DAVIS, Calif. (
) -- Add
to the list of factors that need to be modeled into equity risk algorithms.
A new study from University of California, Davis finance professors estimates that shareholders of such Tiger Woods-endorsed stocks as
-- which makes Gatorade -- have lost between $5 billion to $12 billion in market value since the Tiger sex scandal broke.
Not even the best golfing clinic could correct that hefty share price slice.
While much of the focus in the aftermath of Tiger's sexual bogey has focused on the massive hit to his unprecedented endorsement earnings, the UC Davis professors have quantified a loss to shareholders in these Tiger-endorsed stocks that would equate to decades' worth of Woods' personal endorsement income.
Victor Stango, a professor of economics at the UC Davis Graduate School of Management, and co-author of the study along with economics professor Christopher Knittel, looked at stock-market returns for the 13 trading days that fell between Nov. 27, the date of the car crash that ignited the Woods' scandal, and Dec. 17, a week after the golf great announced his indefinite leave from the sport.
The UC Davis economists compared returns for Woods' sponsors during this period to those of both the total stock market and of each sponsor's closest competitor. They also reviewed returns for four years before the car accident to determine how each sponsor's market performance normally correlates with that of the total market and of competitor firms.
In addition to PepsiCo and Nike, the study tracked the performance of seven additional publicly traded sponsors:
Procter & Gamble
News Corp. owns
; Gillette is owned by P&G; Electronic Arts offers the
Tiger Woods PGA Tour Golf
Overall, the UC Davis study concluded that the scandal reduced shareholder value in the sponsor companies by 2.3%, or about $12 billion, a finding that the authors said cannot be explained away by typical daily variation in stock performance.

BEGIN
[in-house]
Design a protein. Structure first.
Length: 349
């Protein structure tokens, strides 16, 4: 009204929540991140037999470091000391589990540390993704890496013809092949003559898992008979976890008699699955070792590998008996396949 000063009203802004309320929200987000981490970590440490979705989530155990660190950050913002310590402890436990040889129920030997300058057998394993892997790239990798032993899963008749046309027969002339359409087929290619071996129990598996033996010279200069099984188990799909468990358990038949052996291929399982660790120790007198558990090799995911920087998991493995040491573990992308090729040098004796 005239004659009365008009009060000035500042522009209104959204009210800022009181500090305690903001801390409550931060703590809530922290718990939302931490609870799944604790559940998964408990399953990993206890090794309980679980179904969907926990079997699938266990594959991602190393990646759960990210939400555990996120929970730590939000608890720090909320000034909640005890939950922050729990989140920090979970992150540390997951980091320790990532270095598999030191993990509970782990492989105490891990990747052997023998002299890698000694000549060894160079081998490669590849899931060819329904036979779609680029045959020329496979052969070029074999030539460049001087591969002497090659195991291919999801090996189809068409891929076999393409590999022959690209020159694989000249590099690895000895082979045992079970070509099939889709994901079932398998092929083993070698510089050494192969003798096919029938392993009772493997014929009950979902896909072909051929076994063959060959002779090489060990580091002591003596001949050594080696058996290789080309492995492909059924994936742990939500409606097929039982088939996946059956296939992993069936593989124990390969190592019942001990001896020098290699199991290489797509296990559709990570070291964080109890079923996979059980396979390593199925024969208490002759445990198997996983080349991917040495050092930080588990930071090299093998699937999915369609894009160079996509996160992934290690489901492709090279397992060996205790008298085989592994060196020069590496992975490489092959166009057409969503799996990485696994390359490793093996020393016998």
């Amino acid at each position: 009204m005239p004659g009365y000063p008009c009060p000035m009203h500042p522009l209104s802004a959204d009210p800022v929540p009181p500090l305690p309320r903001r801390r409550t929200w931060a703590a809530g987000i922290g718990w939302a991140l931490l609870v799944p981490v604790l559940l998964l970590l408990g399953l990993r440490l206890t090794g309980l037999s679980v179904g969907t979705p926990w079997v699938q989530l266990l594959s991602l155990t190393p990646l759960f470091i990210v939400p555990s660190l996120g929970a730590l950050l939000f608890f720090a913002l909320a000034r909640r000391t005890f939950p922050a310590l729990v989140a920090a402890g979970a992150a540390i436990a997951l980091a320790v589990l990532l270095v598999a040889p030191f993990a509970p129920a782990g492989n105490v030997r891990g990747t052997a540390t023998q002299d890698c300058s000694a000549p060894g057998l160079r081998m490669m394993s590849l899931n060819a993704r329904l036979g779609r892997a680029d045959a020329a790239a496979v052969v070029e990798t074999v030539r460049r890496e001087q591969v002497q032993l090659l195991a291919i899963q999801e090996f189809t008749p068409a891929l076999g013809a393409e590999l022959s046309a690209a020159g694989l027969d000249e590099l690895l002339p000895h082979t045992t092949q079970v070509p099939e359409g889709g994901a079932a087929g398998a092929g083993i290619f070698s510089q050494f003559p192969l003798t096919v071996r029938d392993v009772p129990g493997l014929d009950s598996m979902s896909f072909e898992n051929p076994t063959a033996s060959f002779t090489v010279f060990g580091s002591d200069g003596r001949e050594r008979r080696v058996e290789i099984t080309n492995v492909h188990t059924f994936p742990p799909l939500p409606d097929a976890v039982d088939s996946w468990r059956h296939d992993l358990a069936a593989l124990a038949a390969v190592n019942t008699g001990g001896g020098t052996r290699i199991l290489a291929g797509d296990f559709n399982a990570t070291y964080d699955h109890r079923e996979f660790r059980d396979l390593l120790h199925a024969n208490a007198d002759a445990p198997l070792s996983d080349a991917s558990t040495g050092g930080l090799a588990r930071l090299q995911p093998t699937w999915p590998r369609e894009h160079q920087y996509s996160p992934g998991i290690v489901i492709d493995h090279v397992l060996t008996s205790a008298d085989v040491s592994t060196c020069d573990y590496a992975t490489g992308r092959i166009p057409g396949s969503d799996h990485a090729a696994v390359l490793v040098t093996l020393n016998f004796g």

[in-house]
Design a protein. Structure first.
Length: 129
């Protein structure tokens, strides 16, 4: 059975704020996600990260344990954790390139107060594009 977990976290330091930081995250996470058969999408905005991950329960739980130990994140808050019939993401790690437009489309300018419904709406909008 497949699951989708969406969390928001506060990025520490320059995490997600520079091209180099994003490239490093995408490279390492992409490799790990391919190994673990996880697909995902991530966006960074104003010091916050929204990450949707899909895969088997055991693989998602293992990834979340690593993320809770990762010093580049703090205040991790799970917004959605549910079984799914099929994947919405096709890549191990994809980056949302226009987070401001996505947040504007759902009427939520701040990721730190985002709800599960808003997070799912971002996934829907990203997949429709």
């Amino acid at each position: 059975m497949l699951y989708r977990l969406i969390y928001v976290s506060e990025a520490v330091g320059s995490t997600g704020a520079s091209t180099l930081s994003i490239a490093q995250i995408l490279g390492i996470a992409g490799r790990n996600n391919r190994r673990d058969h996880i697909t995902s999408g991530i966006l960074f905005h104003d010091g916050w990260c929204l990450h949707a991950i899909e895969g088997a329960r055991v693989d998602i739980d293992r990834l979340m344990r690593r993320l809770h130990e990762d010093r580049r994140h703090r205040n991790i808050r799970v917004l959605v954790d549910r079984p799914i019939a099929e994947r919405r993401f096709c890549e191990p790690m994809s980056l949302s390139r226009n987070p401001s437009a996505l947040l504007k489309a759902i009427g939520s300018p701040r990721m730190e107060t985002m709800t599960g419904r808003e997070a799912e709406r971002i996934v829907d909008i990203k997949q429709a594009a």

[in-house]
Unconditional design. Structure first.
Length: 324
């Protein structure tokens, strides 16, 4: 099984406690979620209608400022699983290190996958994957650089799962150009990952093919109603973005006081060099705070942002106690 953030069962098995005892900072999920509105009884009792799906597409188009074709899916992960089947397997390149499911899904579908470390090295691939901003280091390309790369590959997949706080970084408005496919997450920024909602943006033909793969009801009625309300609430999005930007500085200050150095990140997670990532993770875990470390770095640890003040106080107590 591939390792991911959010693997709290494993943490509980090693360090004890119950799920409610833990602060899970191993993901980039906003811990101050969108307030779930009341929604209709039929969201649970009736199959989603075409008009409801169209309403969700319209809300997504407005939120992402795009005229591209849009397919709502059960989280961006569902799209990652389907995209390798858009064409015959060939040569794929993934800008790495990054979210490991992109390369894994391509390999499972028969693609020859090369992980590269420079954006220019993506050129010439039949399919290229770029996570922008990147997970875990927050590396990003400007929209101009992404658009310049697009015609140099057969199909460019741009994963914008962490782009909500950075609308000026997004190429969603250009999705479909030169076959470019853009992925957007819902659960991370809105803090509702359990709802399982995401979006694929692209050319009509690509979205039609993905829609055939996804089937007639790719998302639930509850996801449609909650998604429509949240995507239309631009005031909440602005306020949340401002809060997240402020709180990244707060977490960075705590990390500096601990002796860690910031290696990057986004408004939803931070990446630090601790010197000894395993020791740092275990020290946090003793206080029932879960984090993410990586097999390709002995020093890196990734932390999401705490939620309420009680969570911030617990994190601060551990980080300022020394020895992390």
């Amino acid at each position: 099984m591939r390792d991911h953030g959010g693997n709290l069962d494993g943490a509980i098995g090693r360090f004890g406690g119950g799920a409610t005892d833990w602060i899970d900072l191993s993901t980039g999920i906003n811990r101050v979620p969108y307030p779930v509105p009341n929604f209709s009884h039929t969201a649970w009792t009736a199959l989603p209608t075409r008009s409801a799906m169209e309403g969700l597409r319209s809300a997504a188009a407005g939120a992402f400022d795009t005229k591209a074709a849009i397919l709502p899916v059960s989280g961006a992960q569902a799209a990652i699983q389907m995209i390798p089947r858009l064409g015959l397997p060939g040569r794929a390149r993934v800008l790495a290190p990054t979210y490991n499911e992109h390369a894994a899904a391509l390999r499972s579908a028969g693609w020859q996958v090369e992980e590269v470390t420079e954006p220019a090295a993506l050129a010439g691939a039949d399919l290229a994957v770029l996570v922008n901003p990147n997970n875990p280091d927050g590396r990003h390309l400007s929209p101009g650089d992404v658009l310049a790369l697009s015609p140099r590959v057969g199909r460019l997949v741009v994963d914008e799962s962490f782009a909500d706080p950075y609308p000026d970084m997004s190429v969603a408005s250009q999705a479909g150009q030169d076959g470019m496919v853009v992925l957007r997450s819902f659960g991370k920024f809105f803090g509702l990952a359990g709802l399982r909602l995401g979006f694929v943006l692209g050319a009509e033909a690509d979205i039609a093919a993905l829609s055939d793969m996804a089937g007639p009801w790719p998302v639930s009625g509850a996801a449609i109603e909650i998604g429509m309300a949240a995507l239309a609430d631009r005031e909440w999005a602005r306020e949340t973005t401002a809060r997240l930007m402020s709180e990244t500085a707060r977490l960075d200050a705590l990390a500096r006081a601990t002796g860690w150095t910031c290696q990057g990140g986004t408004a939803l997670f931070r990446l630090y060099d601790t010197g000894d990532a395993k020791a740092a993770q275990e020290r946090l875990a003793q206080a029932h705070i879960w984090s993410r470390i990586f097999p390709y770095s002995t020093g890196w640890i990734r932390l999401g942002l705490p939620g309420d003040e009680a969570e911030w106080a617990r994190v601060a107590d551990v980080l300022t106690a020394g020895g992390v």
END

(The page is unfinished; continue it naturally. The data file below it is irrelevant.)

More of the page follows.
Not surprisingly, the three sports-related companies, Electronic Arts, Gatorade and Nike, fared the worst, experiencing a 4.3% scandal-generated drop in share value. That percentage drop equals a stock market handicap of $6 billion.
Accenture, one of the first companies to drop Tiger Woods -- and a company that is not sports-specific -- experienced no ill stock market effects from the scandal.
"Nike and other premier sports-related sponsors are special for an athlete like Tiger Woods," the UC Davis finance professors explained. "They are themselves powerful brands that add value to Tiger's brand and create other financial opportunities for him. This gives a premier sports sponsor the bargaining power to capture some of the profits generated by an endorsement deal with Woods -- so that if the Tiger brand is tarnished, those profits may decline."
While the pace of losses had slowed by Dec. 11 -- the day Woods announced his leave from golf -- the study found that by as late as Dec. 17 shareholders had yet to reverse their losses.
The UC Davis professors say that their study speaks to an important question for investors: Do celebrity endorsements present downside risk for equity shareholders?
"Our analysis makes clear that while having a celebrity of Tiger Woods' stature as an endorser has undeniable upside, the downside risk is substantial too," the authors concluded.
Maybe next on deck to be studied is not just downside risk from celebrity endorsements, but bankruptcy risk: TLC Vision Centers filed for bankruptcy in U.S. and Canadian courts on Monday.
-- Reported by Eric Rosenbaum in New York.
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